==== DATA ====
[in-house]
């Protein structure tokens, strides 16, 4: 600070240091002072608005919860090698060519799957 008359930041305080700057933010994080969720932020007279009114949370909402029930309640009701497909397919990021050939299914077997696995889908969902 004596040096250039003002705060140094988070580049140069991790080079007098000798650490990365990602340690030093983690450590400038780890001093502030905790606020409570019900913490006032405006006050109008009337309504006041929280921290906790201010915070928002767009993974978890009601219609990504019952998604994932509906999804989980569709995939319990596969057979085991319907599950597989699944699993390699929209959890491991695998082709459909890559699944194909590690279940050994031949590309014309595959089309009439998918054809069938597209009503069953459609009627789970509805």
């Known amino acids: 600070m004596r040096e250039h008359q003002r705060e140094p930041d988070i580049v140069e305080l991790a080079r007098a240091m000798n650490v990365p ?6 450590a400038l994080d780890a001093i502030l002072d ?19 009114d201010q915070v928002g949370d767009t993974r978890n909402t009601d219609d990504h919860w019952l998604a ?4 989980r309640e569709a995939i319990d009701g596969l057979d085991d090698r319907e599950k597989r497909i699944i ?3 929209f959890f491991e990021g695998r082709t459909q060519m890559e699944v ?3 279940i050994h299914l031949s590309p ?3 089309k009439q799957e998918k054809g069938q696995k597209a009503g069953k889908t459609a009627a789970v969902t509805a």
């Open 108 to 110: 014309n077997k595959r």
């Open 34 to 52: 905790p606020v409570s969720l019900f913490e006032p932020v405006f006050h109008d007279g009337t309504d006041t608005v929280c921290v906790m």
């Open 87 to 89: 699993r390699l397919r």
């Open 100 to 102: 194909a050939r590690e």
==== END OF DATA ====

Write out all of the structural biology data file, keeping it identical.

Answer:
[in-house]
């Protein structure tokens, strides 16, 4: 600070240091002072608005919860090698060519799957 008359930041305080700057933010994080969720932020007279009114949370909402029930309640009701497909397919990021050939299914077997696995889908969902 004596040096250039003002705060140094988070580049140069991790080079007098000798650490990365990602340690030093983690450590400038780890001093502030905790606020409570019900913490006032405006006050109008009337309504006041929280921290906790201010915070928002767009993974978890009601219609990504019952998604994932509906999804989980569709995939319990596969057979085991319907599950597989699944699993390699929209959890491991695998082709459909890559699944194909590690279940050994031949590309014309595959089309009439998918054809069938597209009503069953459609009627789970509805």
């Known amino acids: 600070m004596r040096e250039h008359q003002r705060e140094p930041d988070i580049v140069e305080l991790a080079r007098a240091m000798n650490v990365p ?6 450590a400038l994080d780890a001093i502030l002072d ?19 009114d201010q915070v928002g949370d767009t993974r978890n909402t009601d219609d990504h919860w019952l998604a ?4 989980r309640e569709a995939i319990d009701g596969l057979d085991d090698r319907e599950k597989r497909i699944i ?3 929209f959890f491991e990021g695998r082709t459909q060519m890559e699944v ?3 279940i050994h299914l031949s590309p ?3 089309k009439q799957e998918k054809g069938q696995k597209a009503g069953k889908t459609a009627a789970v969902t509805a």
């Open 108 to 110: 014309n077997k595959r």
């Open 34 to 52: 905790p606020v409570s969720l019900f913490e006032p932020v405006f006050h109008d007279g009337t309504d006041t608005v929280c921290v906790m």
């Open 87 to 89: 699993r390699l397919r």
């Open 100 to 102: 194909a050939r590690e």